My most important musical find over the last few months has been Erik Satie: I first listened to Trois Gymnopédies on a rainy night. Its restrained notes blended beautifully with the soft rain as if hesitant to disturb a single particle of air, but never unsure of themselves.
Brighton has some proper rain today- not of the “spitting” variety, but the heavy kind. Ironically, it started as I came to this line in On the Road: “Rain began to fall just as I took the wheel.” It was just a silly little coincidence, but one that enthralled me, making Sal, Dean, Marylou and Texas feel very real for the moment. For about the third time this evening, I remembered why I loved books: they are about the only way I can see the world at the moment.
This is going to be a slightly difficult night because I’ve finally realised that I have less than a month left in Brighton. Not much longer will I sit at this window, looking at the cobweb-veiled streetlight that has faithfully replaced the moon on most nights, sometimes annoyingly so. But I was very grateful for it the first time I witnessed a snowfall. Delirious with excitement, I lay in bed watching the flakes dance in the light, drinking in the novelty greedily, for who knew if I’d ever see the snow fall again?
It wasn’t many months ago that I was scared of committing myself deeply to Brighton, because I’ve learned by now that separation from well-loved places can be quite difficult to handle. I’ve lived in six different towns or cities since 2008, with the shortest duration in any of these places being three months, the longest a year. 2011 was quite bizarre- I spent about three months each in four different towns, and my memories of it already seem rather fuzzy. But how long could I have gone on fooling myself about seductive and wily Brighton (even if I still haven’t reconciled myself to the domes of the Pavilion standing out in stark contrast to the rest of the town)? The sea, hills, street art, cunning little bookshops, curiously laid out lanes with the odd Buddhist monk- I don’t think I’m going to forget Brighton in a hurry.
Do you know that sunshiny, family-friendly image that Brighton sends out on summery weekends, inviting perambulator-pushing parents to leave their worries behind in the smog of London and come lie down on the pebble beach for a day or two? Something tells me that this isn’t the real Brighton. I’ve spoken of this earlier, and probably strengthened by books, this feeling has never gone away: I believe there is an underbelly to this town, one that conceals itself under a cheerful facade. Now this is probably true of most cities, but it is a side that they try to repress and keep away from public scrutiny, to be brought out only when the situation asks for it. Brighton, on the other hand, seems well aware of its dodgy dealings, and not a bit uncomfortably self-conscious about them. And here, I mean dodgy with a generous edge to them- channelling Robin Hood, perhaps, but in a different avatar? Everyone here seems party to them, a bit like indulgent parents who know their teenaged children are up to something suspicious, but will sometimes look the other way in a fit of generosity.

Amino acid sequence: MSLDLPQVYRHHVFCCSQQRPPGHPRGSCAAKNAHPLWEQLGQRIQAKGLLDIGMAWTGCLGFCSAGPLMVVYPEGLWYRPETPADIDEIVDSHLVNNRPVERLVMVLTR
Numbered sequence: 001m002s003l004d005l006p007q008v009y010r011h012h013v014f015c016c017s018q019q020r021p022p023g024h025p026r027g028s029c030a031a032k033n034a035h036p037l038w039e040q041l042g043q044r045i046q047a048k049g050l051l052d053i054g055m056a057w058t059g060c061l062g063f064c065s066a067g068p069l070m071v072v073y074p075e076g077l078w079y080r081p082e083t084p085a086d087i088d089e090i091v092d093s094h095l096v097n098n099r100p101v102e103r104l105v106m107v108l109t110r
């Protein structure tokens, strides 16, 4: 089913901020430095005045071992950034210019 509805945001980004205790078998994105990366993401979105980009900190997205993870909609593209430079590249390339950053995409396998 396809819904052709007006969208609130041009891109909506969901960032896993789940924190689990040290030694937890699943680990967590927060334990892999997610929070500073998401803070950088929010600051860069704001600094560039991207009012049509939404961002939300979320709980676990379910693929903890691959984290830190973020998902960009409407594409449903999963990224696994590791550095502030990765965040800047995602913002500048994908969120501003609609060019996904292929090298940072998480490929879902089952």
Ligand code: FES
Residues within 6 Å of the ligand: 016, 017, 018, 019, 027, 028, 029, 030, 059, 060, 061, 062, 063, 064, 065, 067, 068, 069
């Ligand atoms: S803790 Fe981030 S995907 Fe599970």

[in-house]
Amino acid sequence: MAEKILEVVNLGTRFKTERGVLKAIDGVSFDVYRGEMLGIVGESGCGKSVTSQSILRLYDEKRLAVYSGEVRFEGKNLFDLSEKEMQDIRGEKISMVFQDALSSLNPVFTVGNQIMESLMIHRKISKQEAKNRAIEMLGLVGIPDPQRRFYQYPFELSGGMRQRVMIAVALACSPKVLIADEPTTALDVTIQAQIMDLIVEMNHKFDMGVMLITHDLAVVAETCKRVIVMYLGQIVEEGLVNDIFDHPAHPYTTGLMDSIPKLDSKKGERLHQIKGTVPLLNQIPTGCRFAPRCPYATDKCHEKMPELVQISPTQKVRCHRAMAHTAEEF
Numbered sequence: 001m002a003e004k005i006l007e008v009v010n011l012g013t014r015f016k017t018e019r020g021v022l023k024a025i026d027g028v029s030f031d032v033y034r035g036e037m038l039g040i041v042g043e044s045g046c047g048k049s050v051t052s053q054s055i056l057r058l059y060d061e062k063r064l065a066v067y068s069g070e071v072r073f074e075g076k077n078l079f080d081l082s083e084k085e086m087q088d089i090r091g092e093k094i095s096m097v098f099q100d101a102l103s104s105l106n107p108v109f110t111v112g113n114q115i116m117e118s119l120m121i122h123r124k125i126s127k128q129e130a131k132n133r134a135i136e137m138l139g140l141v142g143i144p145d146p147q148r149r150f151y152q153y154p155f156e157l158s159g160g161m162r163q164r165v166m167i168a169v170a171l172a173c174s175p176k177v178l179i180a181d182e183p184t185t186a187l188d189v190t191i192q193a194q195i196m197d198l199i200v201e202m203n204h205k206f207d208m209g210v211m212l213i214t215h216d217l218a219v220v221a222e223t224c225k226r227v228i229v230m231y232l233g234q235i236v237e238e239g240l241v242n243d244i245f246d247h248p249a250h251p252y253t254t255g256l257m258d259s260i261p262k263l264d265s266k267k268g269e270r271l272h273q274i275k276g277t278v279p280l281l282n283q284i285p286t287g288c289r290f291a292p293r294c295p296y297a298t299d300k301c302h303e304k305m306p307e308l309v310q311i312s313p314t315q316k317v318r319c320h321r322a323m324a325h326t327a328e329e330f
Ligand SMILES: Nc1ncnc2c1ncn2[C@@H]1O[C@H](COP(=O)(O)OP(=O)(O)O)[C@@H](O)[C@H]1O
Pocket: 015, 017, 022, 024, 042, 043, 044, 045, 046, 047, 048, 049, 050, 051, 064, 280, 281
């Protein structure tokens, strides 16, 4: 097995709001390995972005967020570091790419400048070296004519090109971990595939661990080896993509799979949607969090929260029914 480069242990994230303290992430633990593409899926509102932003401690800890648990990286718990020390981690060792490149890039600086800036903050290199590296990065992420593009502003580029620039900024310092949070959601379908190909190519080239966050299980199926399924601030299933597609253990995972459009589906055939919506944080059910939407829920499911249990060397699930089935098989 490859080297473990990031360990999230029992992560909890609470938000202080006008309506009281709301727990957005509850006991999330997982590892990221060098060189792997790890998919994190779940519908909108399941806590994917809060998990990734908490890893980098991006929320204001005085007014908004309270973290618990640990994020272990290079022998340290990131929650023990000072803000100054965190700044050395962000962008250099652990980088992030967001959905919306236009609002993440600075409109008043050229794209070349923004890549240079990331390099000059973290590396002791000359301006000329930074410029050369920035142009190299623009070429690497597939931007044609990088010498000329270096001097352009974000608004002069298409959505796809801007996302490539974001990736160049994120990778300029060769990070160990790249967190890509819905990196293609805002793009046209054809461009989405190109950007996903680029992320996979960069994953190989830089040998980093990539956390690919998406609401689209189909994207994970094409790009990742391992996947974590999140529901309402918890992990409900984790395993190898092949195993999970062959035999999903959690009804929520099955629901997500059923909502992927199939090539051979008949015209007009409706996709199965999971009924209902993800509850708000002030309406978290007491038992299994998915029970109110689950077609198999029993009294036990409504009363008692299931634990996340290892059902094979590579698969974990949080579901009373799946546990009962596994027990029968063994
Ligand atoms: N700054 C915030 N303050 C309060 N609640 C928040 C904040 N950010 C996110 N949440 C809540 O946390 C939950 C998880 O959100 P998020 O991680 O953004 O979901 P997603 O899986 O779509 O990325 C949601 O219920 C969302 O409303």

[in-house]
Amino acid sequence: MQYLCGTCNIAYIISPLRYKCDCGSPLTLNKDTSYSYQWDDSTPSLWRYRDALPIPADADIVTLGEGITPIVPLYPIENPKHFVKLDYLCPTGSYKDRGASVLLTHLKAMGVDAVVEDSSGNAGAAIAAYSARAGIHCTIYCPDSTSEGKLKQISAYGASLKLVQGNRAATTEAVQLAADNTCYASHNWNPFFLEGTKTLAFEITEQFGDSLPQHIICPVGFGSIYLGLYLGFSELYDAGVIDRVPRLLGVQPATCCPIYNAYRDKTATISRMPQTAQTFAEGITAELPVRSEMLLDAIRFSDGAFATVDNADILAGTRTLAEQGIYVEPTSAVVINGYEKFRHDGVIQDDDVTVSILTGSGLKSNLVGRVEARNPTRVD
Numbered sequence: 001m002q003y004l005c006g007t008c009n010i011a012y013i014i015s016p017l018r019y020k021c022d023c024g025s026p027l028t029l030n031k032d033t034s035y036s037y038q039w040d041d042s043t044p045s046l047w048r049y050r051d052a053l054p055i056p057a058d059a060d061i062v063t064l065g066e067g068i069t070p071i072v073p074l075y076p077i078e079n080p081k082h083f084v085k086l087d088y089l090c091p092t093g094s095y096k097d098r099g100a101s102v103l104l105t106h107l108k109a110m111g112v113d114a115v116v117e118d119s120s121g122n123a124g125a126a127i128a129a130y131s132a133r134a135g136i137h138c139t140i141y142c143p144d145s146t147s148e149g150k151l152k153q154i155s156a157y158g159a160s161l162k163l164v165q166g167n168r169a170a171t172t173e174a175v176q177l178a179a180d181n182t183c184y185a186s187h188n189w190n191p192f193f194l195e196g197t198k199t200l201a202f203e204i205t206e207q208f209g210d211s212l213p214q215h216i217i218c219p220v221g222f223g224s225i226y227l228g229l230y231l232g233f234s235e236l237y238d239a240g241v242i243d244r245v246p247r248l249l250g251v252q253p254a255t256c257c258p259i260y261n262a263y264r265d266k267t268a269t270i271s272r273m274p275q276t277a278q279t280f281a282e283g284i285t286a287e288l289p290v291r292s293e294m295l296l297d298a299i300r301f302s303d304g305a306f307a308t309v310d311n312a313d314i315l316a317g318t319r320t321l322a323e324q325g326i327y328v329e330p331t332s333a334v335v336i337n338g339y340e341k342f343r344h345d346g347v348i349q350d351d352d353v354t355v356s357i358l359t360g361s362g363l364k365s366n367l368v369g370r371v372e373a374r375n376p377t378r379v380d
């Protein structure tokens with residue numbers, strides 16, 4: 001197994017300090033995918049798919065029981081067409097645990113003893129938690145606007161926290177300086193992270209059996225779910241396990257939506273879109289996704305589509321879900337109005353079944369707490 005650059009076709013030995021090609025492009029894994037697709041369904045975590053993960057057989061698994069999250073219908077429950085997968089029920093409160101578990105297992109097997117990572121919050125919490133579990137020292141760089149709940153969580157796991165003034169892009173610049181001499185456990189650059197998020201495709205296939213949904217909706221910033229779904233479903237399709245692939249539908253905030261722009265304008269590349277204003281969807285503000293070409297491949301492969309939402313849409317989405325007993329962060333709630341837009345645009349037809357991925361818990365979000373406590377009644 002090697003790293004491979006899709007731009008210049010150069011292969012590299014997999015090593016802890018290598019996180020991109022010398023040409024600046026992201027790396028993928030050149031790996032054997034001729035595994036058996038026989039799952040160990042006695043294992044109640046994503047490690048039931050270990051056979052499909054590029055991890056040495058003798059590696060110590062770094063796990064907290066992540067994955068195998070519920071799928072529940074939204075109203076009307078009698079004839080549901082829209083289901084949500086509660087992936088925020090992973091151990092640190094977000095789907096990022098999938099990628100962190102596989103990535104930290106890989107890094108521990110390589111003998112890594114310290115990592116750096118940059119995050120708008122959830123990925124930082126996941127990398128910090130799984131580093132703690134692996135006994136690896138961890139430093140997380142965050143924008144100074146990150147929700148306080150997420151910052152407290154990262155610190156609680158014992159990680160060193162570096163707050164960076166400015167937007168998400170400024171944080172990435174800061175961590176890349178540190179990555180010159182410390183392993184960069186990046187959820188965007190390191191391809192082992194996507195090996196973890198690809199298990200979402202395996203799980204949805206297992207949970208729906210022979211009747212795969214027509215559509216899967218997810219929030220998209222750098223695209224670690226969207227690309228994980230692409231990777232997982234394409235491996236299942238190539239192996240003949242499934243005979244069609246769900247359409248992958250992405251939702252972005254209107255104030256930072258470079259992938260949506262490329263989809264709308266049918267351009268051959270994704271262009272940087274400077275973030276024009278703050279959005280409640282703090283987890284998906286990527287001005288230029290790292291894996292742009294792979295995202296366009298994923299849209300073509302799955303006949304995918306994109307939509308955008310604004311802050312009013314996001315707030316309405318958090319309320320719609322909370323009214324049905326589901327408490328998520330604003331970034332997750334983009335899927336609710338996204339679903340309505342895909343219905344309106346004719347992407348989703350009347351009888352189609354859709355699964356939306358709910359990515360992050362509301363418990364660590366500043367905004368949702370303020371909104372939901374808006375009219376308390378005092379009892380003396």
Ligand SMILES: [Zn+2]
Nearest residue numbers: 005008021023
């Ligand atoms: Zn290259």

Brighton has its place in literature as a seaside resort, but I really can’t imagine on these roads carriages with women in sprigged muslin, carrying lavender-water in their purses. For instance, this town doesn’t have the respectability of Bath, that famous literary haunt of the convalescent; no Pump Room to dance in, no avenues for well-bred women to converse with lovers in. But I have no trouble believing that the prim, elderly people who live in the elegant houses at Hove were the ones who ran riot a few decades ago, giving Brighton the colourful eclecticism it has today. This town is like the elderly man who winks at you at the supermarket, not lasciviously but in jest. It isn’t unbearably proper, and can pretty well knock together some innocuous fun.
I would have loved to know the Brighton of half a century ago, or going back a little further than that. I’d have liked to see the years that defined its character and made it what it is today. Sure, it could have done without the psychedelic lights and the numerous shops by the sea; but when I want some peace and quiet, I can easily take a bus to Rottingdean or Shoreham or Seaford. For once, I’m willing to sell out to the artificial and the raucous- the Pier and the pebble beach make Brighton for me. I blame you, Graham Greene.